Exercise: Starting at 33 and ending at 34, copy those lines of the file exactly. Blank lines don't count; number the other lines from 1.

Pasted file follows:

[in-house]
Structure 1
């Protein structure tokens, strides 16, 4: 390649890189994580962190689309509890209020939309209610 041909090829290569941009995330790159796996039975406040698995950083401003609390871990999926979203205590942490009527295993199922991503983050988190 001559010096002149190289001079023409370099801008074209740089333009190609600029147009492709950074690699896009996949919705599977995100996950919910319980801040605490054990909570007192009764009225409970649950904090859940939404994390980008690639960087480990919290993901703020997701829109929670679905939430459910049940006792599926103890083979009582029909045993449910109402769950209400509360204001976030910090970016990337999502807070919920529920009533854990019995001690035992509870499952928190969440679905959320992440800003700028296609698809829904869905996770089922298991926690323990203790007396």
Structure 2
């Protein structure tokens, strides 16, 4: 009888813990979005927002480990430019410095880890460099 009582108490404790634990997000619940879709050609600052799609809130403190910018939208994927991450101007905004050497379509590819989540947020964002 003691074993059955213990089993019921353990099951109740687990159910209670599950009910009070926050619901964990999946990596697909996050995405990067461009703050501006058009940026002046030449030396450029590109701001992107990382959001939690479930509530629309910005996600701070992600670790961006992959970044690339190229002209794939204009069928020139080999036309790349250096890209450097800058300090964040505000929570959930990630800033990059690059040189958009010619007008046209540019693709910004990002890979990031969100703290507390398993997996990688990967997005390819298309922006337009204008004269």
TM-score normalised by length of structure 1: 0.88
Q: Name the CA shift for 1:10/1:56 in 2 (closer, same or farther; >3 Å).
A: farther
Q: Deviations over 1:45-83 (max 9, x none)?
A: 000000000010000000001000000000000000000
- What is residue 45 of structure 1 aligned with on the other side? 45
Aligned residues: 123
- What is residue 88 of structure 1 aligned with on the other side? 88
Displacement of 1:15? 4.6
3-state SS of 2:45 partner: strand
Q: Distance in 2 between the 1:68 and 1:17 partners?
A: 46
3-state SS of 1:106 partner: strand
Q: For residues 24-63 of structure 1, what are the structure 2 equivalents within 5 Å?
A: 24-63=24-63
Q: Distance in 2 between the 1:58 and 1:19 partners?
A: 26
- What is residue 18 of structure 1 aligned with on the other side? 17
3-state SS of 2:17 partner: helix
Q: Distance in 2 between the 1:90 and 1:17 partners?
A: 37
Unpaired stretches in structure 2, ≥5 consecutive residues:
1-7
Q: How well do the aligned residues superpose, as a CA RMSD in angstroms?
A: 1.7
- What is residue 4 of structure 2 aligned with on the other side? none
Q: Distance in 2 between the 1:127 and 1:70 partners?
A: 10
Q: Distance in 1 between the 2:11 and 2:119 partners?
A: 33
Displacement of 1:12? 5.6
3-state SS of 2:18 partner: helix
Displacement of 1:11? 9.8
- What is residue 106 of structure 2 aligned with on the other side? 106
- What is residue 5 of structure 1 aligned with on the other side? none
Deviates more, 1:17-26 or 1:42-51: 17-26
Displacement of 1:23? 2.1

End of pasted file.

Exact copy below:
A: 10
Q: Distance in 1 between the 2:11 and 2:119 partners?